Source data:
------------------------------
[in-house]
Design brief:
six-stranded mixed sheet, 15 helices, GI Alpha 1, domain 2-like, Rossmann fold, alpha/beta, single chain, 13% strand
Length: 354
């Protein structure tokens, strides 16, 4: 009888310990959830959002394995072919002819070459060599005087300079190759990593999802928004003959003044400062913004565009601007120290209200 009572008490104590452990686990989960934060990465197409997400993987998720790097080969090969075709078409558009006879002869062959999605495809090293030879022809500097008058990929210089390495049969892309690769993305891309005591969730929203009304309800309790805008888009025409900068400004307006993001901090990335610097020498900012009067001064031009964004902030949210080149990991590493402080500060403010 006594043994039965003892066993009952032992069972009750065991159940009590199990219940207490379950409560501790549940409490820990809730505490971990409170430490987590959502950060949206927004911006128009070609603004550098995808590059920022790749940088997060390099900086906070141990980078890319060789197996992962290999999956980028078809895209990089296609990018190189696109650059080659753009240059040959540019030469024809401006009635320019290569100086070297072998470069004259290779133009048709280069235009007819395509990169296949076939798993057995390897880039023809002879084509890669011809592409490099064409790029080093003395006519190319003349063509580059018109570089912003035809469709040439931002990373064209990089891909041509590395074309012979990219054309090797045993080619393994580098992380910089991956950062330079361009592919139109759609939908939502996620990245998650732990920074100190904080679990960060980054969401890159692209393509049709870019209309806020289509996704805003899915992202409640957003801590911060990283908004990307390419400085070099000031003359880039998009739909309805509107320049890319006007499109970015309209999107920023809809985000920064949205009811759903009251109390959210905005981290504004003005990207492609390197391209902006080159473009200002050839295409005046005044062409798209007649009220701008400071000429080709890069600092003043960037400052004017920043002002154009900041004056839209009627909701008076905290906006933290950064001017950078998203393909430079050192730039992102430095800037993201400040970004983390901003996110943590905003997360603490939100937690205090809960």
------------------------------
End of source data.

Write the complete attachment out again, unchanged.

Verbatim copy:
[in-house]
Design brief:
six-stranded mixed sheet, 15 helices, GI Alpha 1, domain 2-like, Rossmann fold, alpha/beta, single chain, 13% strand
Length: 354
């Protein structure tokens, strides 16, 4: 009888310990959830959002394995072919002819070459060599005087300079190759990593999802928004003959003044400062913004565009601007120290209200 009572008490104590452990686990989960934060990465197409997400993987998720790097080969090969075709078409558009006879002869062959999605495809090293030879022809500097008058990929210089390495049969892309690769993305891309005591969730929203009304309800309790805008888009025409900068400004307006993001901090990335610097020498900012009067001064031009964004902030949210080149990991590493402080500060403010 006594043994039965003892066993009952032992069972009750065991159940009590199990219940207490379950409560501790549940409490820990809730505490971990409170430490987590959502950060949206927004911006128009070609603004550098995808590059920022790749940088997060390099900086906070141990980078890319060789197996992962290999999956980028078809895209990089296609990018190189696109650059080659753009240059040959540019030469024809401006009635320019290569100086070297072998470069004259290779133009048709280069235009007819395509990169296949076939798993057995390897880039023809002879084509890669011809592409490099064409790029080093003395006519190319003349063509580059018109570089912003035809469709040439931002990373064209990089891909041509590395074309012979990219054309090797045993080619393994580098992380910089991956950062330079361009592919139109759609939908939502996620990245998650732990920074100190904080679990960060980054969401890159692209393509049709870019209309806020289509996704805003899915992202409640957003801590911060990283908004990307390419400085070099000031003359880039998009739909309805509107320049890319006007499109970015309209999107920023809809985000920064949205009811759903009251109390959210905005981290504004003005990207492609390197391209902006080159473009200002050839295409005046005044062409798209007649009220701008400071000429080709890069600092003043960037400052004017920043002002154009900041004056839209009627909701008076905290906006933290950064001017950078998203393909430079050192730039992102430095800037993201400040970004983390901003996110943590905003997360603490939100937690205090809960």